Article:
I Have a Dream

Martin Luther King Jr [RL 11 IL 9-12] These appeals for civil rights awoke a nation to the need for reform. Themes: injustice; taking a stand. 58 pages. Tale Blazers.

Author: Martin Luther King, Jr.

Publisher: Perfection Learning

ISBN: 9781563127847

Category: Political Science

Page: 59

View: 167

Martin Luther King Jr [RL 11 IL 9-12] These appeals for civil rights awoke a nation to the need for reform. Themes: injustice; taking a stand. 58 pages. Tale Blazers.

Gospel of Freedom

Gospel of Freedom gives us a startling perspective on the Letter and the man who wrote it: an angry prophet who chastised American whites, found solace in the faith and resilience of the slaves, and knew that moral appeal without struggle ...

Author: Jonathan Rieder

Publisher: Bloomsbury Publishing USA

ISBN: 162040060X

Category: Religion

Page: 224

View: 995

"I am in Birmingham because injustice is here," declared Martin Luther King, Jr. He had come to that city of racist terror convinced that massive protest could topple Jim Crow. But the insurgency faltered. To revive it, King made a sacrificial act on Good Friday, April 12, 1963: he was arrested. Alone in his cell, reading a newspaper, he found a statement from eight "moderate" clergymen who branded the protests extremist and "untimely." King drafted a furious rebuttal that emerged as the "Letter from Birmingham Jail"-a work that would take its place among the masterpieces of American moral argument alongside those of Thoreau and Lincoln. His insistence on the urgency of "Freedom Now" would inspire not just the marchers of Birmingham and Selma, but peaceful insurgents from Tiananmen to Tahrir Squares. Scholar Jonathan Rieder delves deeper than anyone before into the Letter-illuminating both its timeless message and its crucial position in the history of civil rights. Rieder has interviewed King's surviving colleagues, and located rare audiotapes of King speaking in the mass meetings of 1963. Gospel of Freedom gives us a startling perspective on the Letter and the man who wrote it: an angry prophet who chastised American whites, found solace in the faith and resilience of the slaves, and knew that moral appeal without struggle never brings justice.



Letters to a Birmingham Jail

... Unity,” Birmingham News, April 12, 1963, http://en.wikipedia.org/wiki/A_Call_For_Unity (cited 12-12013). 11. Martin Luther King Jr., “Letter from a Birmingham Jail,” http://www.africa.upenn.edu/Articles_Gen/Letter_Birmingham.html.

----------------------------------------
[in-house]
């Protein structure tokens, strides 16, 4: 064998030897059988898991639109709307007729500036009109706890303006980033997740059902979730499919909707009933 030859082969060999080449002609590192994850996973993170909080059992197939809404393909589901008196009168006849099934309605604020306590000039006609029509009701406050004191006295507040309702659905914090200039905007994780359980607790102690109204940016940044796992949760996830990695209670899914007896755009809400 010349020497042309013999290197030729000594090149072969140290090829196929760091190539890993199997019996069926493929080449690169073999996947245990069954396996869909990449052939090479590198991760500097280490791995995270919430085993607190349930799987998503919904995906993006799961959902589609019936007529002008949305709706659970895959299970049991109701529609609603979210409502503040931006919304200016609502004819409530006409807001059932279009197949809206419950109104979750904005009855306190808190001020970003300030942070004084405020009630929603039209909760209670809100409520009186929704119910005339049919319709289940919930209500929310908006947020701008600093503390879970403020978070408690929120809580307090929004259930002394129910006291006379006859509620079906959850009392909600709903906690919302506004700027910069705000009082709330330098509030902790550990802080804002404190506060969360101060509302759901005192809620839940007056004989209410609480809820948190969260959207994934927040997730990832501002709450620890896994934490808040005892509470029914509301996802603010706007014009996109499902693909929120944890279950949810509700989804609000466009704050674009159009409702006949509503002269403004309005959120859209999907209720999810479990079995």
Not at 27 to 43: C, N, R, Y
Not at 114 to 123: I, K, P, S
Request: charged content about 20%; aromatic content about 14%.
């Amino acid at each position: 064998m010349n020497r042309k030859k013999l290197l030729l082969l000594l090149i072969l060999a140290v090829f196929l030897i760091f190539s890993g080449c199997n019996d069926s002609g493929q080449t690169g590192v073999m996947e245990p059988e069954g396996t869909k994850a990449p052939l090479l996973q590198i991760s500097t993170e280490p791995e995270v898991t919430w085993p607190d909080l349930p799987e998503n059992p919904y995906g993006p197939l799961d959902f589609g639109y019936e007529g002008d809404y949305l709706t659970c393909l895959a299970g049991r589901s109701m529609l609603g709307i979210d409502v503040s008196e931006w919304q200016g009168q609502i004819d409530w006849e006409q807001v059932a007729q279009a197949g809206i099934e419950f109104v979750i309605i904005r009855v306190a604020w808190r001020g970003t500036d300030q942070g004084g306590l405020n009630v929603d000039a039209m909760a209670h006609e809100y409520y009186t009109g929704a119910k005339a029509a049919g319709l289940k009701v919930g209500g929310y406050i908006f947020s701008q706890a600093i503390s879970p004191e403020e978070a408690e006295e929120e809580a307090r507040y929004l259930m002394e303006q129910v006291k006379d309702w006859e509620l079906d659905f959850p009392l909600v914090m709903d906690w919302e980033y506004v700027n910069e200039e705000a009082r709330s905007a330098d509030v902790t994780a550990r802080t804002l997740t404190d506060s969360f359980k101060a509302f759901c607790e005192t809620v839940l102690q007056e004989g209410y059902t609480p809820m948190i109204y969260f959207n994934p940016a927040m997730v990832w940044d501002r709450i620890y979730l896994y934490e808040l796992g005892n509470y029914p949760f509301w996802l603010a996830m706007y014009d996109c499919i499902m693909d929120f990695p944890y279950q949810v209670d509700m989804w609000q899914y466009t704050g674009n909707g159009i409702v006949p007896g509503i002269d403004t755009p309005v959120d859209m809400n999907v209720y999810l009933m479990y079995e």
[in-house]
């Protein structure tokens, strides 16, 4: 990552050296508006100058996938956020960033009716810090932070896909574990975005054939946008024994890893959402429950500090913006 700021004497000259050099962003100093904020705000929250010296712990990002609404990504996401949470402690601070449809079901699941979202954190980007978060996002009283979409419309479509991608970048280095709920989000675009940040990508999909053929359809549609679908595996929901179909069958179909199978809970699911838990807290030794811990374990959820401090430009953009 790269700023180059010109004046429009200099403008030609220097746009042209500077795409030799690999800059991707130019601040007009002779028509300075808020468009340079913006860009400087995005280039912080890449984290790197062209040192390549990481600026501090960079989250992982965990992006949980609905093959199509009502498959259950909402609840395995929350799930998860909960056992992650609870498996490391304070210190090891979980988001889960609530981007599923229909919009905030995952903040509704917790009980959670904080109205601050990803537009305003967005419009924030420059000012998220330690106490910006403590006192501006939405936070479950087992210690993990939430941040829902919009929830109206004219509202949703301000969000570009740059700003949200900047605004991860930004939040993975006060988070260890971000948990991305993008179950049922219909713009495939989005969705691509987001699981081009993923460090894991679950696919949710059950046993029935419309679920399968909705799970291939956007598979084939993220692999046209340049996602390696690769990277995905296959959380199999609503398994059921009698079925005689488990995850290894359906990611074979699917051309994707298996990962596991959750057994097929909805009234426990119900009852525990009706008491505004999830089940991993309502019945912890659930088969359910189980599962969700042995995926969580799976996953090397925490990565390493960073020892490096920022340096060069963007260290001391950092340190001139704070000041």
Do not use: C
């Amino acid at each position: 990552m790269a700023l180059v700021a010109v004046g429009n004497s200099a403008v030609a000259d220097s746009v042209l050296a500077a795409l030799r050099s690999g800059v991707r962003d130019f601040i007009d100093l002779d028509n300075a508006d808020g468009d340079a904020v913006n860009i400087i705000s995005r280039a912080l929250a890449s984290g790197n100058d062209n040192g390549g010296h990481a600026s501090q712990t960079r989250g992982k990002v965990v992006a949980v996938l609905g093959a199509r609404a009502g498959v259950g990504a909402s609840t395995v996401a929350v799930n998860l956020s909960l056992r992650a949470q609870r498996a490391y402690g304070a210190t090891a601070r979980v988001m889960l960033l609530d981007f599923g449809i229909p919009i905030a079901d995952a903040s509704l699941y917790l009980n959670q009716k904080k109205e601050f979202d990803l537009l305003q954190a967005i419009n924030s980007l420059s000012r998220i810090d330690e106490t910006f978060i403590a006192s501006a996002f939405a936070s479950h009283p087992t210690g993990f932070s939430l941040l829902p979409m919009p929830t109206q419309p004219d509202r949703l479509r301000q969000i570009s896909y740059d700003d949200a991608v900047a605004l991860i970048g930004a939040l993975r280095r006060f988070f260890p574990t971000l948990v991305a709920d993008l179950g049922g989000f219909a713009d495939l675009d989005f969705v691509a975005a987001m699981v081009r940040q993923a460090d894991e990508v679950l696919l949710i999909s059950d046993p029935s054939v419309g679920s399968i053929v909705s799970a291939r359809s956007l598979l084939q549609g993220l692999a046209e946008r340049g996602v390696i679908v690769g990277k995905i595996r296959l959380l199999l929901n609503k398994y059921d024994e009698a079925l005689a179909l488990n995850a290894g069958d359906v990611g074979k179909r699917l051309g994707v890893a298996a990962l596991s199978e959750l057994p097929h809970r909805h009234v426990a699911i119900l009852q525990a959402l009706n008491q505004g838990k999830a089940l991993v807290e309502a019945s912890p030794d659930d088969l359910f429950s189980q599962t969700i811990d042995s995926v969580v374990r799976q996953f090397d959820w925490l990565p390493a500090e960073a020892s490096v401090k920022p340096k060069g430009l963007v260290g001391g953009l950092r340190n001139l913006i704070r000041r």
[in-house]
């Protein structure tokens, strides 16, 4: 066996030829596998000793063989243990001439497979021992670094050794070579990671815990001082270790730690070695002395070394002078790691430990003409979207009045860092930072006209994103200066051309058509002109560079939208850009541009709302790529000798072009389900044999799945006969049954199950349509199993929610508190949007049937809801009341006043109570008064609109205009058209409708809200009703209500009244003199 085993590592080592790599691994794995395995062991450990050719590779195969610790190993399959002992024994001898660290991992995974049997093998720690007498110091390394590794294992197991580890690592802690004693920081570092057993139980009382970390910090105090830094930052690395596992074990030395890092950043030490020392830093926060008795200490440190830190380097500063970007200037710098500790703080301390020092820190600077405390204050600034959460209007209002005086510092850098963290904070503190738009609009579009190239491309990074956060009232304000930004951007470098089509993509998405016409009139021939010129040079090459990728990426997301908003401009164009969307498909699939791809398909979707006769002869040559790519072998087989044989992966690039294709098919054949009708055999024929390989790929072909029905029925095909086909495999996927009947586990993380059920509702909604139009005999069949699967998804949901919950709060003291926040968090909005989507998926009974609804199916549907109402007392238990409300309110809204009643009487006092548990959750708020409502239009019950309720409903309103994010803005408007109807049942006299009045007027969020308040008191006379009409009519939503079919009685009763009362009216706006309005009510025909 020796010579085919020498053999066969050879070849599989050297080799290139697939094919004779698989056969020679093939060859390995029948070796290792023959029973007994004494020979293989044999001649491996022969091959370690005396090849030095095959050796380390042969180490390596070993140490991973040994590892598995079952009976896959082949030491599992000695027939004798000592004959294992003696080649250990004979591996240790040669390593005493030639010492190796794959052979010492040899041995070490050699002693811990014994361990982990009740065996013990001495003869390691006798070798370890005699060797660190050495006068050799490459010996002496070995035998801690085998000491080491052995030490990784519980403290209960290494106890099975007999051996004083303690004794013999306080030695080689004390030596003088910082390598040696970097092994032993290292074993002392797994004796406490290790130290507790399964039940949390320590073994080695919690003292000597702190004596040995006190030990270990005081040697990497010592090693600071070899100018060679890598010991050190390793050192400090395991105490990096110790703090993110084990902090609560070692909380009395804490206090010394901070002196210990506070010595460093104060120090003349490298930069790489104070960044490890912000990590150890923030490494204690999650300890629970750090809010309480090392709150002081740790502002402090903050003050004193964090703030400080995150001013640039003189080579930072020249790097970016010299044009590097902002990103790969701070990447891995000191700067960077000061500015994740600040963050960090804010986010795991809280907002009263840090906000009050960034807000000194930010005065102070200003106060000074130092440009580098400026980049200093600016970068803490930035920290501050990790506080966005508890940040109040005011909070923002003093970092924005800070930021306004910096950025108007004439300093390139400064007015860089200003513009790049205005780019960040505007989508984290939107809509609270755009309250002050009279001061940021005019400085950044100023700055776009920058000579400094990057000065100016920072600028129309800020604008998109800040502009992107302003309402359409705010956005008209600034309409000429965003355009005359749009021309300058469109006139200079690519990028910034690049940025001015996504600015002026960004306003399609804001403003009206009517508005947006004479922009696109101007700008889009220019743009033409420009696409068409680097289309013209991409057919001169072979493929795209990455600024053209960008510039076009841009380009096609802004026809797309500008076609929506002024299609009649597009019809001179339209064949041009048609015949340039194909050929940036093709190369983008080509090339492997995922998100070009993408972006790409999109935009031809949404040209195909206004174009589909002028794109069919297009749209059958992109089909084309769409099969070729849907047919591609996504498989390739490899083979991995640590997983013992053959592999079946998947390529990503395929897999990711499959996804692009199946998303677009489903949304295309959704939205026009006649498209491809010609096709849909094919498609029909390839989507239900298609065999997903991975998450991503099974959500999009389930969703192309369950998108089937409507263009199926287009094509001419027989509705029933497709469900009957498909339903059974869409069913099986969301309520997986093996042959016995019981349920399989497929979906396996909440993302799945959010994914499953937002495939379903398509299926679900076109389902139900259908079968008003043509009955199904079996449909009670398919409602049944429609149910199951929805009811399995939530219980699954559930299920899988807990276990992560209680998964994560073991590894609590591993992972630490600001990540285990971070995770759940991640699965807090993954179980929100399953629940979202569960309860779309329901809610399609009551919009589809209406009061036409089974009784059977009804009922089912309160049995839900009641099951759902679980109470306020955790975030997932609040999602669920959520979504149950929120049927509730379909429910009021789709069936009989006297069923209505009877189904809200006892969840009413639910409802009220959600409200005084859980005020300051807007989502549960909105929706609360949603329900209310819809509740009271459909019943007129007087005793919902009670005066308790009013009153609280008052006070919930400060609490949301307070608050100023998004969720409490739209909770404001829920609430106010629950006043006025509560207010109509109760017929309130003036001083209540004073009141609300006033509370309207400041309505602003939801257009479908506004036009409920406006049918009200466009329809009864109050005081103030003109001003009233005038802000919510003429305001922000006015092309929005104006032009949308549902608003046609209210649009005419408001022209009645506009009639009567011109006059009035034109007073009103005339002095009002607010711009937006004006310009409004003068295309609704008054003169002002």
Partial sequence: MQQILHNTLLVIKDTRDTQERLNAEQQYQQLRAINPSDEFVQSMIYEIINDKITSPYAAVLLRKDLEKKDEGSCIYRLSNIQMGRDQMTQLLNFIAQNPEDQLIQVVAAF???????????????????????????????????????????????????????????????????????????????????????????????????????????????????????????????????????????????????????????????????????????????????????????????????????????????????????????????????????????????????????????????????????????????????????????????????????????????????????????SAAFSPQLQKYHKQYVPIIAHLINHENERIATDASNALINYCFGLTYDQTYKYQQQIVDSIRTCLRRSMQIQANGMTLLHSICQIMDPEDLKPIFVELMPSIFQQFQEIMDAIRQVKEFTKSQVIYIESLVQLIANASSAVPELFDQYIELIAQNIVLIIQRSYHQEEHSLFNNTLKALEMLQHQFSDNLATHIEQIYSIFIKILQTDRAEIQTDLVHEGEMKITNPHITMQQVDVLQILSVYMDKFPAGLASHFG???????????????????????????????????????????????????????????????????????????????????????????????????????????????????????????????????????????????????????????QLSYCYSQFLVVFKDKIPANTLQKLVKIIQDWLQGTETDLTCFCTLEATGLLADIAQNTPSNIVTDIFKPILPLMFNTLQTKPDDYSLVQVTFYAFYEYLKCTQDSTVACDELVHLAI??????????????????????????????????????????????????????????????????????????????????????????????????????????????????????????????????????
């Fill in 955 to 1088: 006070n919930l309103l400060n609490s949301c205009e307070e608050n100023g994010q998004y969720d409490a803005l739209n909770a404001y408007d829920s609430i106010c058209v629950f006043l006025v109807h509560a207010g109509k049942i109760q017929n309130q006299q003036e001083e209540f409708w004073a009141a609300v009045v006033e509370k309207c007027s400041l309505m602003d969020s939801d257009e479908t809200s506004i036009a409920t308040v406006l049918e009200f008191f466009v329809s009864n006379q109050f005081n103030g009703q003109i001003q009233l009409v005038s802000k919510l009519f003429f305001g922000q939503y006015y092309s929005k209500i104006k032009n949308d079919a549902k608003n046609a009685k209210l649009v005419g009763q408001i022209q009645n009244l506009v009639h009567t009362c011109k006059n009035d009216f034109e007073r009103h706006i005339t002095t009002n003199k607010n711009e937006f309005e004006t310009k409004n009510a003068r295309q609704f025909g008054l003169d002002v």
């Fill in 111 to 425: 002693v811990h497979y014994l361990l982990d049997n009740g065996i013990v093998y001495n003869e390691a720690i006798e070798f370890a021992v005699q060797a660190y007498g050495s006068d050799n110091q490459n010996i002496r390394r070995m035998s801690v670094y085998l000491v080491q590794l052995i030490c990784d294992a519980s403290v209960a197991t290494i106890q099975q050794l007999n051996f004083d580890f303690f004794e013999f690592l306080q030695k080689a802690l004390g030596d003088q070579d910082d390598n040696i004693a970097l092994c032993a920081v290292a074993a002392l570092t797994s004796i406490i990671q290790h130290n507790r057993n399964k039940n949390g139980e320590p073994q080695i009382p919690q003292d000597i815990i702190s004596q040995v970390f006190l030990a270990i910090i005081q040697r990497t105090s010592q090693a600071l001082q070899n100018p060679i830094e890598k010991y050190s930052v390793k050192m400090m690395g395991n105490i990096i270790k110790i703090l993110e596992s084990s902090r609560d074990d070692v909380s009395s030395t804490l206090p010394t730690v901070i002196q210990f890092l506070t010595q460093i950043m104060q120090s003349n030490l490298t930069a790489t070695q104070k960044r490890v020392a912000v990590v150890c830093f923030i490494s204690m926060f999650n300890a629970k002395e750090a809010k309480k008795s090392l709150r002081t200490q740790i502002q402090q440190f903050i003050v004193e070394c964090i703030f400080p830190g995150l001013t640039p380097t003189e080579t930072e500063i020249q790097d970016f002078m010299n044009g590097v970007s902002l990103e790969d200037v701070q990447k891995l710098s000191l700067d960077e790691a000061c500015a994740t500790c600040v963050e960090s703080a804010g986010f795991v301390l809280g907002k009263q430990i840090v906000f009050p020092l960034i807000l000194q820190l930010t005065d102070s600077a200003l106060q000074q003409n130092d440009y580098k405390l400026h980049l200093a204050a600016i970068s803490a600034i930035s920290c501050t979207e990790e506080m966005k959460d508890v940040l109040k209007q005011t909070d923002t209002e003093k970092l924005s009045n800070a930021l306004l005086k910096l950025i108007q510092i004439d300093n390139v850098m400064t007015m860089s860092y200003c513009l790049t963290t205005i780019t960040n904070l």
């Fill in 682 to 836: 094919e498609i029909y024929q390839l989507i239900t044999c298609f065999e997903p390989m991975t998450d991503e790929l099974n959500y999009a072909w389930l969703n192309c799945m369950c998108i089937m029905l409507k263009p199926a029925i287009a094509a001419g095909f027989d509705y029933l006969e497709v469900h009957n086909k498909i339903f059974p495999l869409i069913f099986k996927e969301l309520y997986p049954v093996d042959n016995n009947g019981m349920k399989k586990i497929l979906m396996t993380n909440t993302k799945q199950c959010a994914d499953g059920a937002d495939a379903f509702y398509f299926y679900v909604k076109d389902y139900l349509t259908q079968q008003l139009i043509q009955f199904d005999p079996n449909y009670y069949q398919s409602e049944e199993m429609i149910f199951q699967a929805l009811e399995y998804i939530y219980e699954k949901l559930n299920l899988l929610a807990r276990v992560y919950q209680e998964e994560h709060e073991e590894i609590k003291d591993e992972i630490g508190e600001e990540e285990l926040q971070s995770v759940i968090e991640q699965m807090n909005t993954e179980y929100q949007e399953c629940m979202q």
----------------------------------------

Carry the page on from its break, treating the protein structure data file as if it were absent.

Author: Bryan Loritts

Publisher: Moody Publishers

ISBN: 0802491146

Category: Religion

Page: 240

View: 991

More than fifty years ago, Dr. Martin Luther King, Jr. wrote his Letter from a Birmingham Jail. Much has transpired in the half-century since, and progress has been made in the issues that were close to Dr. King’s heart. Thankfully, the burning crosses, biting police dogs, and angry mobs of that day are long gone. But in their place, passivity has emerged. A passivity that must be addressed. That’s the aim of Letters to a Birmingham Jail. A collection of essays written by men of various ethnicities and ages, this book encourages us to pursue Christ exalting diversity. Each contribution recognizes that only the cross and empty tomb of Christ can bring true unity, and each notes that the gospel demands justice in all its forms. This was a truth that Dr. King fought and gave his life for, and this is a truth that these modern day "drum majors for justice" continue to beat.

The Companion to Southern Literature

Amber Vogel See also Birmingham , Alabama ; Civil Rights Movement ; Clergy ; Letters ; Preaching ; Race Relations ; Racism . " LETTER FROM BIRMINGHAM JAIL " Martin Luther King Jr. , Why We Can't Wait ( 1964 ) ; David L. Lewis , King : A ...

Author: Joseph M. Flora

Publisher: LSU Press

ISBN: 9780807126929

Category: Reference

Page: 1054

View: 881